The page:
Simon Willis argues that it is:
“There is, in philosophy,” the American philosopher Stanley Cavell has said, “a certain drive to the inhuman, to an inhuman idea of intellectuality.” I’m looking for a philosophy which brings us back to earth.
That philosophy is particularism, a fancy word for a simple idea: that in our ethical lives, rules are useless. Instead we should pay attention to real people in real situations. You can find arguments for it in thinkers as diverse as Aristotle in the fourth century BC and Ludwig Wittgenstein nearly 2,500 years later. Aristotle thought of ethical judgment as a matter of discernment and fine distinctions, literally seeing a situation in all its complexity. Wittgenstein wrote of rules in his “Philosophical Investigations” that “only experienced people can apply them aright”. You can be up to your neck in rules, but they don’t in themselves tell you how to apportion blame, or to whom, or how much. For that, you need to look at what’s in front of you. If you don’t, you’re driving in the dark without headlights.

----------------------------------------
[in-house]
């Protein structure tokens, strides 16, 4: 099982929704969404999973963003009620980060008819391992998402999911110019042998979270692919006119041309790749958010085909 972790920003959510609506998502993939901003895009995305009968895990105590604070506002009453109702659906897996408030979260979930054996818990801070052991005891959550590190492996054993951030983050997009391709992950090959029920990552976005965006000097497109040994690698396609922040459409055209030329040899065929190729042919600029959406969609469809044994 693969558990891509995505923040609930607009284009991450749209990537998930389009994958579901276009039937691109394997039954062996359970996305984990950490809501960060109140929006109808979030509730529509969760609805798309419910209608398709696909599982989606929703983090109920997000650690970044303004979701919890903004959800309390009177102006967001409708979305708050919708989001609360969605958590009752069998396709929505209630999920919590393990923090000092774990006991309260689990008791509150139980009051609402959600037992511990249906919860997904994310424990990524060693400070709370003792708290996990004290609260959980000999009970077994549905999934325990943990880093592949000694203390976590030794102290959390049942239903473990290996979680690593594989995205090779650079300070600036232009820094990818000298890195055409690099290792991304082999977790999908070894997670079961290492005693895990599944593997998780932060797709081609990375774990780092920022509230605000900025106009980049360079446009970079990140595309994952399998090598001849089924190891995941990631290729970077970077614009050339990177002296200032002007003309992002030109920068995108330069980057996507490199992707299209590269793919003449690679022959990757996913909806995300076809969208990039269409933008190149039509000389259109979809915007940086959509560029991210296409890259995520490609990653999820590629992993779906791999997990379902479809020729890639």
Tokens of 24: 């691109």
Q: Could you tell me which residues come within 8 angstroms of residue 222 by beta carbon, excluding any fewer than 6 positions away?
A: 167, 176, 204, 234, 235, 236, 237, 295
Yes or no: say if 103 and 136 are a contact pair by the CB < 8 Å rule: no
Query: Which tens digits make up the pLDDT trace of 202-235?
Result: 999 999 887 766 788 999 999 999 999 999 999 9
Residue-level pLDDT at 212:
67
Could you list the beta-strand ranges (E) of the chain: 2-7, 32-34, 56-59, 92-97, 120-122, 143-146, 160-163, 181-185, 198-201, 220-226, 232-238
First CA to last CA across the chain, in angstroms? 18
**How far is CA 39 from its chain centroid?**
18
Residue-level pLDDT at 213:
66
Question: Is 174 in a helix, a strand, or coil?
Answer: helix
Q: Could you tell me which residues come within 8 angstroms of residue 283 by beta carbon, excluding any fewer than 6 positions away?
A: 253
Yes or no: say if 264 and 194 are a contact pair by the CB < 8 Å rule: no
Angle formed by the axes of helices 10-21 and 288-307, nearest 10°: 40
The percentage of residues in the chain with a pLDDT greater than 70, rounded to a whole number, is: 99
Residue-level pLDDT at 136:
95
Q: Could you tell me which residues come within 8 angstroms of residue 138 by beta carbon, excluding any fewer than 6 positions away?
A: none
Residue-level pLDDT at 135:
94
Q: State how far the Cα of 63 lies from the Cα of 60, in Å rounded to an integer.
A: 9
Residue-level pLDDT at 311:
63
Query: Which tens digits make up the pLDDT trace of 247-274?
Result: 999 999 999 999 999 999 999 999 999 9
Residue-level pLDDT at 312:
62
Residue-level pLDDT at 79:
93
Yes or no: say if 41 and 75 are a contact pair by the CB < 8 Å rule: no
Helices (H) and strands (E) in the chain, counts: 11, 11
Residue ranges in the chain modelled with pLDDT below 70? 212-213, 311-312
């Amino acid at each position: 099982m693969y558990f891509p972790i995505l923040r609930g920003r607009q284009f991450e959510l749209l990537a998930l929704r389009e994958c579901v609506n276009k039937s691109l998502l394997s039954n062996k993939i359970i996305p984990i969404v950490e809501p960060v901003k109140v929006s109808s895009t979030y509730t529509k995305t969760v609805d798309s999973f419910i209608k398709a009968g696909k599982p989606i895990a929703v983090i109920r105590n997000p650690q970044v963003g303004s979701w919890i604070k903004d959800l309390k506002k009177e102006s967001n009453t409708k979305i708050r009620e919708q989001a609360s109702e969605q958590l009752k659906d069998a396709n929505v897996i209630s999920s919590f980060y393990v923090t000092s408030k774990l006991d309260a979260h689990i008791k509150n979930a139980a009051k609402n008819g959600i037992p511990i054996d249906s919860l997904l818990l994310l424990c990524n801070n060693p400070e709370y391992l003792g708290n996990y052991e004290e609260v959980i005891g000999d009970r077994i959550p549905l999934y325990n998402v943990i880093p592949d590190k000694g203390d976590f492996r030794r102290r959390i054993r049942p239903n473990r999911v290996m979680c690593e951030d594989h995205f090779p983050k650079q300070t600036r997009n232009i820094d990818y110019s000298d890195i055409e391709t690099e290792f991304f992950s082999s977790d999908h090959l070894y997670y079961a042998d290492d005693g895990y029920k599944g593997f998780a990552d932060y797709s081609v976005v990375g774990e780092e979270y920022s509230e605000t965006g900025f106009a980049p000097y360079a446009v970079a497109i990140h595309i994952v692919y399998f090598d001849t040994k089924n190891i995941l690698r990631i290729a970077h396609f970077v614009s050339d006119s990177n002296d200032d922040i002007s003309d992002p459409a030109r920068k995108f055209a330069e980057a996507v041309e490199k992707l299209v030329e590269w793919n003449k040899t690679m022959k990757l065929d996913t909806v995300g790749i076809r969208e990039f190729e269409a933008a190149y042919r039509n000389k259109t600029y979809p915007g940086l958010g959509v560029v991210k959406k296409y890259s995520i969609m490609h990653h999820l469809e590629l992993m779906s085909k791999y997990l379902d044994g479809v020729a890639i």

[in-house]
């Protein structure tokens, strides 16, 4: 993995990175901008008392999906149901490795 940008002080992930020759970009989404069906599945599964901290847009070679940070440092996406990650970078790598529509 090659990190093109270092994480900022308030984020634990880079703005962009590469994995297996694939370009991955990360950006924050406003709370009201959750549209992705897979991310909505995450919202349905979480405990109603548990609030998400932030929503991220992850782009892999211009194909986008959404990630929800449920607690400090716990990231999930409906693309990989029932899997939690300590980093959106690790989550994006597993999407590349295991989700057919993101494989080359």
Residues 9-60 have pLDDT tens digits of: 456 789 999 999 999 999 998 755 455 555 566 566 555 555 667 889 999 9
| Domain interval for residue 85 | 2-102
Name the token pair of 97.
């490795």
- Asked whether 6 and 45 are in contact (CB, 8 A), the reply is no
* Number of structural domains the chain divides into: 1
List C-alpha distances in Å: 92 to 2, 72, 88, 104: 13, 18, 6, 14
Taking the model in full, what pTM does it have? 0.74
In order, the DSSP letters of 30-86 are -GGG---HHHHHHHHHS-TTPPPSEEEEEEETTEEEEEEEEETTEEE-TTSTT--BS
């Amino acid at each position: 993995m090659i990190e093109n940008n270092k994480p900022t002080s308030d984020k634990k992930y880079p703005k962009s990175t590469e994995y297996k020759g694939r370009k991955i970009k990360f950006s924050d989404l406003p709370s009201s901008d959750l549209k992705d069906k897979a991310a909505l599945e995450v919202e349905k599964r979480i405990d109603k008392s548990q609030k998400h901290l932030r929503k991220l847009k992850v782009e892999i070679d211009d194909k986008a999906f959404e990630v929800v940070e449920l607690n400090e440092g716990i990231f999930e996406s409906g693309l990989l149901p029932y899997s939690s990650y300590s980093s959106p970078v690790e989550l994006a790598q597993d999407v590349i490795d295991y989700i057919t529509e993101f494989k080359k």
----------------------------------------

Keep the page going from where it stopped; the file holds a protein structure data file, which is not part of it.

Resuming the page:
Placing practice above principle puts the burden of judgment back on us, and leaves us vulnerable to life’s obscurities and self-deceptions, to the tangle of our duties and commitments. We might aspire to clarity, but we could easily be blind. That said, it’s an idea which represents the difficulty of doing the right thing, and why would we want less than that?
That sounds a lot like Virtue Ethics, but without the complexity (some would say nuance). Perhaps particularism is as close as we can get to virtue ethics, but both certainly contend similar things: modern moral philosophy lacks coherence and should be jettisoned if at all possible.
(Photo by kladcat)